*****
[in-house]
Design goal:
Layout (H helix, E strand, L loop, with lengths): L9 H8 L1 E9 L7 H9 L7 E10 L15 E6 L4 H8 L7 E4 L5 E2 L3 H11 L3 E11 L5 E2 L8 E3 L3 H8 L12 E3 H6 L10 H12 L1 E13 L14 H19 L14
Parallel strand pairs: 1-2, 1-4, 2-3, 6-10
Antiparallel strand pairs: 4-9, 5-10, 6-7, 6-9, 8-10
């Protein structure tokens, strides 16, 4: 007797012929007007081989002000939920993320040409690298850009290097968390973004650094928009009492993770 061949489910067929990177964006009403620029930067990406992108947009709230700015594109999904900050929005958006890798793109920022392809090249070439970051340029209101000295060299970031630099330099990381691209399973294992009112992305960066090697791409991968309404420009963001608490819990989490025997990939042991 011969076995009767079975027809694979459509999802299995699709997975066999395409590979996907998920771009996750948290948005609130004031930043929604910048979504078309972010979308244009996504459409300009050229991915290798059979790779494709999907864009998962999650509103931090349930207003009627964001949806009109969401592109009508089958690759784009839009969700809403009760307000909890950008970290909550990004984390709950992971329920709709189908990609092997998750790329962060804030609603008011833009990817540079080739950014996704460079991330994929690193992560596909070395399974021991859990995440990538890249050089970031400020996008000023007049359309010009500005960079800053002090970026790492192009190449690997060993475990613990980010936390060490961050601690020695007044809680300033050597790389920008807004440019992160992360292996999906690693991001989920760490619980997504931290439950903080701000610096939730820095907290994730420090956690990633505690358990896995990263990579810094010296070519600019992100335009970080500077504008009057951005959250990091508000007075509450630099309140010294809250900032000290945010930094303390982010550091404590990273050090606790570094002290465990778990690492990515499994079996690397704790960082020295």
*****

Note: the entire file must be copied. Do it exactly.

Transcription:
[in-house]
Design goal:
Layout (H helix, E strand, L loop, with lengths): L9 H8 L1 E9 L7 H9 L7 E10 L15 E6 L4 H8 L7 E4 L5 E2 L3 H11 L3 E11 L5 E2 L8 E3 L3 H8 L12 E3 H6 L10 H12 L1 E13 L14 H19 L14
Parallel strand pairs: 1-2, 1-4, 2-3, 6-10
Antiparallel strand pairs: 4-9, 5-10, 6-7, 6-9, 8-10
């Protein structure tokens, strides 16, 4: 007797012929007007081989002000939920993320040409690298850009290097968390973004650094928009009492993770 061949489910067929990177964006009403620029930067990406992108947009709230700015594109999904900050929005958006890798793109920022392809090249070439970051340029209101000295060299970031630099330099990381691209399973294992009112992305960066090697791409991968309404420009963001608490819990989490025997990939042991 011969076995009767079975027809694979459509999802299995699709997975066999395409590979996907998920771009996750948290948005609130004031930043929604910048979504078309972010979308244009996504459409300009050229991915290798059979790779494709999907864009998962999650509103931090349930207003009627964001949806009109969401592109009508089958690759784009839009969700809403009760307000909890950008970290909550990004984390709950992971329920709709189908990609092997998750790329962060804030609603008011833009990817540079080739950014996704460079991330994929690193992560596909070395399974021991859990995440990538890249050089970031400020996008000023007049359309010009500005960079800053002090970026790492192009190449690997060993475990613990980010936390060490961050601690020695007044809680300033050597790389920008807004440019992160992360292996999906690693991001989920760490619980997504931290439950903080701000610096939730820095907290994730420090956690990633505690358990896995990263990579810094010296070519600019992100335009970080500077504008009057951005959250990091508000007075509450630099309140010294809250900032000290945010930094303390982010550091404590990273050090606790570094002290465990778990690492990515499994079996690397704790960082020295």